The Therapy of Gardening

The other day I passed a store window with a t-shirt hanging in it that read: “Gardening is cheaper than therapy…and you get tomatoes.”

Without minimizing the value of talk therapy for many people, there is something to the words on the t-shirt. Horticultural therapy is based on the physical, mental and emotional benefits that come from gardening. The interaction with nature and working outdoors have a positive effect for many people.

Specifically regarding mental and emotional well-being, I read that gardening “is considered a serene occupation, an oasis of calm, a grounding experience. The combination of the fresh air and the physicality of the tasks helps oxygenate the bloodstream and energize the physical body while simultaneously releasing endorphins involved with stress alleviation. Numerous scientific studies validate the calming effect of the garden by showing findings that reveal simply being in a garden lowers blood pressure.” That certainly accords with my experience of the calming and grounding nature of being in the garden (although I admit that lately my joke is that Dave does the sowing and I do the reaping in our garden).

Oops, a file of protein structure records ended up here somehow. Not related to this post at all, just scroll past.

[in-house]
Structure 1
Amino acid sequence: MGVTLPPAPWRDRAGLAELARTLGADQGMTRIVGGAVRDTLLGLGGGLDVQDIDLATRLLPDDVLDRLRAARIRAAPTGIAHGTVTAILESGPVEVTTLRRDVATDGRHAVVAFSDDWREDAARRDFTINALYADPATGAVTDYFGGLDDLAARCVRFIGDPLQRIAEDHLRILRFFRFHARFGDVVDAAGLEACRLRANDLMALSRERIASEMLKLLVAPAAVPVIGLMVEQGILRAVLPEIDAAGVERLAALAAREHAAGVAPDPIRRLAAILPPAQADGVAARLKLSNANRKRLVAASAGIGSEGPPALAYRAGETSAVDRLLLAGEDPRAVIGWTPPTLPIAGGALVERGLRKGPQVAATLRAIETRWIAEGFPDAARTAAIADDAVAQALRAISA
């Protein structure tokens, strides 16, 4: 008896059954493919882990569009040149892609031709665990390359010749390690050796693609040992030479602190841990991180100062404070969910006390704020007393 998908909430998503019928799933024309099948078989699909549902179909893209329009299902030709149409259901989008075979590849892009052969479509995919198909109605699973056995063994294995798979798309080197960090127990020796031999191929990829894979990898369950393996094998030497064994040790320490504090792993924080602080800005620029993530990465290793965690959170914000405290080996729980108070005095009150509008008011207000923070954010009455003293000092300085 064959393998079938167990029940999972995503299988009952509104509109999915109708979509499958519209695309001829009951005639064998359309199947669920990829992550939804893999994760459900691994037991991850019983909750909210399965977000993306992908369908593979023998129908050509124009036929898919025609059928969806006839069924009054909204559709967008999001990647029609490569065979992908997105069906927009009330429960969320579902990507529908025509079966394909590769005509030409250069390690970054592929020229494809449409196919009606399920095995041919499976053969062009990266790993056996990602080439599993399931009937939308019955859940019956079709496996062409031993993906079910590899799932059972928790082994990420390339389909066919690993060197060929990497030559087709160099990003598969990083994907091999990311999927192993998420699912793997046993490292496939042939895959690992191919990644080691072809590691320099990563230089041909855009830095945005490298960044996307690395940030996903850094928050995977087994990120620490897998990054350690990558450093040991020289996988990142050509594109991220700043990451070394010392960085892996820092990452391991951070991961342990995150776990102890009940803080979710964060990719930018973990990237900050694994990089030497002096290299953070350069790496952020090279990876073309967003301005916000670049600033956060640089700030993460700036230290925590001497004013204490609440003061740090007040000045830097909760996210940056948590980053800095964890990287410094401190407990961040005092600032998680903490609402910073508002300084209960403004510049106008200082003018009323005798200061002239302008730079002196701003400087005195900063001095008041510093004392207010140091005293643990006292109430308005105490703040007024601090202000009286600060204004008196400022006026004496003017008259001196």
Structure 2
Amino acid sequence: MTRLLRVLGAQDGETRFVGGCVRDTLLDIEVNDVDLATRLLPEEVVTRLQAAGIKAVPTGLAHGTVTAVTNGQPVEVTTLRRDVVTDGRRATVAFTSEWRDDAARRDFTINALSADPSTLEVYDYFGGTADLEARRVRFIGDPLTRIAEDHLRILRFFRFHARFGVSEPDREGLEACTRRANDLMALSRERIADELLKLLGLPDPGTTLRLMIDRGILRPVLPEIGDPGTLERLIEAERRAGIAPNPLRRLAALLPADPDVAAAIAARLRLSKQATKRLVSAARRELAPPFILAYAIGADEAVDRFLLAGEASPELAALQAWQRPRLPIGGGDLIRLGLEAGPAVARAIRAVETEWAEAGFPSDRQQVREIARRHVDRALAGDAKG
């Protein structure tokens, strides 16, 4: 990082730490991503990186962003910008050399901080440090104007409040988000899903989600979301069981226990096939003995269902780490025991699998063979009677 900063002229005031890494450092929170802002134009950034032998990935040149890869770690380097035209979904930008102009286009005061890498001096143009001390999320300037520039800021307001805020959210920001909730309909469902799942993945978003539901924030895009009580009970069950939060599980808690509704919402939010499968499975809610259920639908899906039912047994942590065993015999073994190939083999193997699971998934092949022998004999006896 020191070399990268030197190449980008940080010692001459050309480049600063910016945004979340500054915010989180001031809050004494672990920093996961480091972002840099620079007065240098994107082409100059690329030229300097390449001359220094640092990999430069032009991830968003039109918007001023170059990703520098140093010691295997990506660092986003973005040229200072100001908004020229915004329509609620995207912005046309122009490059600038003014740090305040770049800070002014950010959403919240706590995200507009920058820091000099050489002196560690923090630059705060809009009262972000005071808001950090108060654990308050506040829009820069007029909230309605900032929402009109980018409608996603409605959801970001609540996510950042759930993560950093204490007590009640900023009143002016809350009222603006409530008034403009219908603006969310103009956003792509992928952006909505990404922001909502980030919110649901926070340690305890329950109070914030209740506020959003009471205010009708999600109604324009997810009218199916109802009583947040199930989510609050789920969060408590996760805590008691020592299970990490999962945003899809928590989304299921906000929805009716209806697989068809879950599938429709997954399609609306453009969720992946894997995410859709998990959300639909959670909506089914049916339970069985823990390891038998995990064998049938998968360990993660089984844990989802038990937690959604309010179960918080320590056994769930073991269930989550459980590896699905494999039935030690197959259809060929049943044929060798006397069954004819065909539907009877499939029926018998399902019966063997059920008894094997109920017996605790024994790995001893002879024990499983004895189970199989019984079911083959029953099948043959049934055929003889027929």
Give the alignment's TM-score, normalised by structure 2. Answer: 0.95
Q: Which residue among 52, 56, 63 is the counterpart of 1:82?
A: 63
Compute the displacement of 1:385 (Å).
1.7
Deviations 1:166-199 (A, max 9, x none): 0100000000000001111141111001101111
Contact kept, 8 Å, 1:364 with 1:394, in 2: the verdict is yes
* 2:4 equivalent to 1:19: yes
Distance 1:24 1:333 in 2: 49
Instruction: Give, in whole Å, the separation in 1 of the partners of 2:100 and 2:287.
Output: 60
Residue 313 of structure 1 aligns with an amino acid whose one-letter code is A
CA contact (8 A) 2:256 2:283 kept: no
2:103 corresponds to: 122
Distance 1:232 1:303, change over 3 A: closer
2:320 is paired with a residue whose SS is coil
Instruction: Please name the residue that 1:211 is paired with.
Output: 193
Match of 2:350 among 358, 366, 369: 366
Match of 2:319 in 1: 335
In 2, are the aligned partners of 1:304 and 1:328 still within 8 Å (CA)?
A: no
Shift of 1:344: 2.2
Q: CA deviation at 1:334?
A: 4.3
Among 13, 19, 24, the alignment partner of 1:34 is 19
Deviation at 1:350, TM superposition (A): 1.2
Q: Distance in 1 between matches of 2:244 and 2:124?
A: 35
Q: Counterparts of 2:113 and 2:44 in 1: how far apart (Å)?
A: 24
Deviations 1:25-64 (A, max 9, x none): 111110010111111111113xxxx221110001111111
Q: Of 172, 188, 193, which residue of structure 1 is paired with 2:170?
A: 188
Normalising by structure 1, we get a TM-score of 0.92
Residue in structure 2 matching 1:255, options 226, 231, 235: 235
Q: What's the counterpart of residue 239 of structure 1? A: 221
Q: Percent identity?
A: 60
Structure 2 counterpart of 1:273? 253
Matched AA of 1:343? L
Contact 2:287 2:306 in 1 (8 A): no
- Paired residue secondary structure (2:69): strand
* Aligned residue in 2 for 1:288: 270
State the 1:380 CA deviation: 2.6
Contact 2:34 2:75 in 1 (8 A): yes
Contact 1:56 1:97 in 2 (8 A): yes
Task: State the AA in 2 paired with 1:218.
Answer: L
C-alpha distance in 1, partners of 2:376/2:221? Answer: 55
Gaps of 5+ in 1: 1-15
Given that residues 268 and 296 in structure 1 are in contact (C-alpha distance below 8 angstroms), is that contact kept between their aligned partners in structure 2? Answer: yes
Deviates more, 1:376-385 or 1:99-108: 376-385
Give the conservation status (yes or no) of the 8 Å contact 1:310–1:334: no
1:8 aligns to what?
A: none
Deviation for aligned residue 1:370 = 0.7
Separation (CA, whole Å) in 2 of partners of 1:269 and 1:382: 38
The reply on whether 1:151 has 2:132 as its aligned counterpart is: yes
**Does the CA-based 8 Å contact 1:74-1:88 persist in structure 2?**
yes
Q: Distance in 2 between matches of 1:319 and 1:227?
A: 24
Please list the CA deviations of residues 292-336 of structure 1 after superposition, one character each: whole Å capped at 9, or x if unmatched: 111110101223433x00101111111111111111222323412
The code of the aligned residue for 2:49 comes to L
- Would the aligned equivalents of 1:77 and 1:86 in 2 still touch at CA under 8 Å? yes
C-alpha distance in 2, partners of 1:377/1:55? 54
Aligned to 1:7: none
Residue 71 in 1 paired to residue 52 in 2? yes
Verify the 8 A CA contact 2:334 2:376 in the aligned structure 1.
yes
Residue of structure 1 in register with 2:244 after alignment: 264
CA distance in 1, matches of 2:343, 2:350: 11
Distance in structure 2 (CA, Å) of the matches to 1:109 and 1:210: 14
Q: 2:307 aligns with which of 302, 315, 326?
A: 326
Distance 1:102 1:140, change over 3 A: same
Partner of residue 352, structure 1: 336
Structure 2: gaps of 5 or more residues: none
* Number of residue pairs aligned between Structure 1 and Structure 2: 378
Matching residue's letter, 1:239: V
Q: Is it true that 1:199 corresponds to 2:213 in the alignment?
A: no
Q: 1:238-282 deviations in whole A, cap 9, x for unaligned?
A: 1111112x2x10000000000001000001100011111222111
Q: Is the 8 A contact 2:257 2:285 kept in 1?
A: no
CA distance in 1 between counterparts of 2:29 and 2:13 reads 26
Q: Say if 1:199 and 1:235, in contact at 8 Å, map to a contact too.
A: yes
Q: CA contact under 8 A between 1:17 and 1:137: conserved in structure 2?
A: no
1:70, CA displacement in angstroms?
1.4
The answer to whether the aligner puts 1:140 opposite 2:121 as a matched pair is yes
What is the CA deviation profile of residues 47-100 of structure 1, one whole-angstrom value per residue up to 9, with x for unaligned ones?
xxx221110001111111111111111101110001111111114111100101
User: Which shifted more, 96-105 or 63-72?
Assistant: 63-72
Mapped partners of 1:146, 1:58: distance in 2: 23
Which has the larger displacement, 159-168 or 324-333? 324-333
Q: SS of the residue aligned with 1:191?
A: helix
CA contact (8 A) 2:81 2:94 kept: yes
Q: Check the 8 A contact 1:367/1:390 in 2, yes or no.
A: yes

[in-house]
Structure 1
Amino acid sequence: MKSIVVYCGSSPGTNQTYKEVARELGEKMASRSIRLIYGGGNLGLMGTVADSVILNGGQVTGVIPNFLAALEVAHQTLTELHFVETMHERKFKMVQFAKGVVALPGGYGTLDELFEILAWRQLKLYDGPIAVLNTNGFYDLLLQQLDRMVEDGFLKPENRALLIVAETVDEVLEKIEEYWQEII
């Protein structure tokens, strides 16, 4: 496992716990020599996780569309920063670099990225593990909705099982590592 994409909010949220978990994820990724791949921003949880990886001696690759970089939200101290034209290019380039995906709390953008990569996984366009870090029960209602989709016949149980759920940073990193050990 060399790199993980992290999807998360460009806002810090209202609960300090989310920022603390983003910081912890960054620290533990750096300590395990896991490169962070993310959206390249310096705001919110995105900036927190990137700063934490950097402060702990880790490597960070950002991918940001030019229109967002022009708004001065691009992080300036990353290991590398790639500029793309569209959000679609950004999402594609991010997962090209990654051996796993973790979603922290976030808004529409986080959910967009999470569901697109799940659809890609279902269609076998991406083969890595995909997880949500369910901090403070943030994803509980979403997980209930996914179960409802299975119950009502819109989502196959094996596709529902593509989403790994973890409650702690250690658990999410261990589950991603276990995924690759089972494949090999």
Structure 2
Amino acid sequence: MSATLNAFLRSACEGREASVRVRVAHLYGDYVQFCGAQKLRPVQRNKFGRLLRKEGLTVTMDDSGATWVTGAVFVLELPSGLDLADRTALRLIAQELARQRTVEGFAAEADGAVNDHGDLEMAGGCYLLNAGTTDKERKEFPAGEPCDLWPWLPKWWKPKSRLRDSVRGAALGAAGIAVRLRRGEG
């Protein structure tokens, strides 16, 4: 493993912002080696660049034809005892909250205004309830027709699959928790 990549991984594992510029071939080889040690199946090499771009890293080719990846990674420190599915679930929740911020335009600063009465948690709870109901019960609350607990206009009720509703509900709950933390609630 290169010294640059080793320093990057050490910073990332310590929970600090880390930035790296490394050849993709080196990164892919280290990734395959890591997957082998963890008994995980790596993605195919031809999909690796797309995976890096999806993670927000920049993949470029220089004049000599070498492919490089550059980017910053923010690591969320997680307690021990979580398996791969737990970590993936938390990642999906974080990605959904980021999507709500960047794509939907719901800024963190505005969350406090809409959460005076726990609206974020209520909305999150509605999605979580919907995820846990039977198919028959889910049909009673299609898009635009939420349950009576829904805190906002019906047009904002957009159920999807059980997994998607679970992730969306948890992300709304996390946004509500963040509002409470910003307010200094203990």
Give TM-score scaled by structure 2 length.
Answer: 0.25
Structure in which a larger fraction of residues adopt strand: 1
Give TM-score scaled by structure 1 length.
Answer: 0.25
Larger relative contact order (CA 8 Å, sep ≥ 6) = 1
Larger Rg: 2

It has been hard for anyone to spend much time outside in the Twin Cities in recent weeks. It seemed (until the last day or so) to be raining constantly. But if you have your own garden, or access to a community garden, try to get out there once in a while. Play in the dirt, get your hands dirty. Grow flowers, herbs, vegetable. Just get out there. And enjoy.